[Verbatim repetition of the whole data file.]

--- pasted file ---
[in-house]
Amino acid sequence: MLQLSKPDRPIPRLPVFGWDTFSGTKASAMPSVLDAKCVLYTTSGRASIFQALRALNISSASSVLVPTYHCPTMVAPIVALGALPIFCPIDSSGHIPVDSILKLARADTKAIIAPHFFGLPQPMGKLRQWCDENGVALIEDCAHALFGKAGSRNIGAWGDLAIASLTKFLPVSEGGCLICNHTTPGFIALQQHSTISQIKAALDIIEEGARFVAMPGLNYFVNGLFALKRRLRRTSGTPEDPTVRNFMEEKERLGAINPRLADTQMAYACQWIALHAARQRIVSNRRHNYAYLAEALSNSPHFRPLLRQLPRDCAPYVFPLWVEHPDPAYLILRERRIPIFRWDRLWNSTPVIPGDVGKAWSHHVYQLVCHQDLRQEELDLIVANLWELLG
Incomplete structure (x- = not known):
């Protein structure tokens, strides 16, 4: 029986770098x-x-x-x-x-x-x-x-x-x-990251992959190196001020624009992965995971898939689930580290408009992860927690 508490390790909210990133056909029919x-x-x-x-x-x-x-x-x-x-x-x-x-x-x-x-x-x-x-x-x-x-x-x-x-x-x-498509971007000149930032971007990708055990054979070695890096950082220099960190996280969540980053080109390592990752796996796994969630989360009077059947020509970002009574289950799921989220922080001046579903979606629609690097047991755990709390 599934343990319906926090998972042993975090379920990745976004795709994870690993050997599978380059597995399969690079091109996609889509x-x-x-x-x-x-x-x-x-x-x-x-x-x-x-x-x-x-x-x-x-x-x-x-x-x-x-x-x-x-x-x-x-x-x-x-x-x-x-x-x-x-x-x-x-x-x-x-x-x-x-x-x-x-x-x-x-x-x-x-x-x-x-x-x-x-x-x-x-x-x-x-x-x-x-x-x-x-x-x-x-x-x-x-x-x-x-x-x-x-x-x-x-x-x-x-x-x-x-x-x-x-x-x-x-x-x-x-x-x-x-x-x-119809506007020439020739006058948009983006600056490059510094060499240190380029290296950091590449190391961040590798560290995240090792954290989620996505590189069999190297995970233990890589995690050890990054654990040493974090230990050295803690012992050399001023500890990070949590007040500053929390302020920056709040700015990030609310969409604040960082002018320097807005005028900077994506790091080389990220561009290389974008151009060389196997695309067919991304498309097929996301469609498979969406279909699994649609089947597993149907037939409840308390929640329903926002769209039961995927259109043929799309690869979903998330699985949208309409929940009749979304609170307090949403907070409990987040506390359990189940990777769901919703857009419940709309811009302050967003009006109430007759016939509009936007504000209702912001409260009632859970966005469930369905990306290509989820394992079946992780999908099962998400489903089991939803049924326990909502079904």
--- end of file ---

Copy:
[in-house]
Amino acid sequence: MLQLSKPDRPIPRLPVFGWDTFSGTKASAMPSVLDAKCVLYTTSGRASIFQALRALNISSASSVLVPTYHCPTMVAPIVALGALPIFCPIDSSGHIPVDSILKLARADTKAIIAPHFFGLPQPMGKLRQWCDENGVALIEDCAHALFGKAGSRNIGAWGDLAIASLTKFLPVSEGGCLICNHTTPGFIALQQHSTISQIKAALDIIEEGARFVAMPGLNYFVNGLFALKRRLRRTSGTPEDPTVRNFMEEKERLGAINPRLADTQMAYACQWIALHAARQRIVSNRRHNYAYLAEALSNSPHFRPLLRQLPRDCAPYVFPLWVEHPDPAYLILRERRIPIFRWDRLWNSTPVIPGDVGKAWSHHVYQLVCHQDLRQEELDLIVANLWELLG
Incomplete structure (x- = not known):
């Protein structure tokens, strides 16, 4: 029986770098x-x-x-x-x-x-x-x-x-x-990251992959190196001020624009992965995971898939689930580290408009992860927690 508490390790909210990133056909029919x-x-x-x-x-x-x-x-x-x-x-x-x-x-x-x-x-x-x-x-x-x-x-x-x-x-x-498509971007000149930032971007990708055990054979070695890096950082220099960190996280969540980053080109390592990752796996796994969630989360009077059947020509970002009574289950799921989220922080001046579903979606629609690097047991755990709390 599934343990319906926090998972042993975090379920990745976004795709994870690993050997599978380059597995399969690079091109996609889509x-x-x-x-x-x-x-x-x-x-x-x-x-x-x-x-x-x-x-x-x-x-x-x-x-x-x-x-x-x-x-x-x-x-x-x-x-x-x-x-x-x-x-x-x-x-x-x-x-x-x-x-x-x-x-x-x-x-x-x-x-x-x-x-x-x-x-x-x-x-x-x-x-x-x-x-x-x-x-x-x-x-x-x-x-x-x-x-x-x-x-x-x-x-x-x-x-x-x-x-x-x-x-x-x-x-x-x-x-x-x-x-x-119809506007020439020739006058948009983006600056490059510094060499240190380029290296950091590449190391961040590798560290995240090792954290989620996505590189069999190297995970233990890589995690050890990054654990040493974090230990050295803690012992050399001023500890990070949590007040500053929390302020920056709040700015990030609310969409604040960082002018320097807005005028900077994506790091080389990220561009290389974008151009060389196997695309067919991304498309097929996301469609498979969406279909699994649609089947597993149907037939409840308390929640329903926002769209039961995927259109043929799309690869979903998330699985949208309409929940009749979304609170307090949403907070409990987040506390359990189940990777769901919703857009419940709309811009302050967003009006109430007759016939509009936007504000209702912001409260009632859970966005469930369905990306290509989820394992079946992780999908099962998400489903089991939803049924326990909502079904």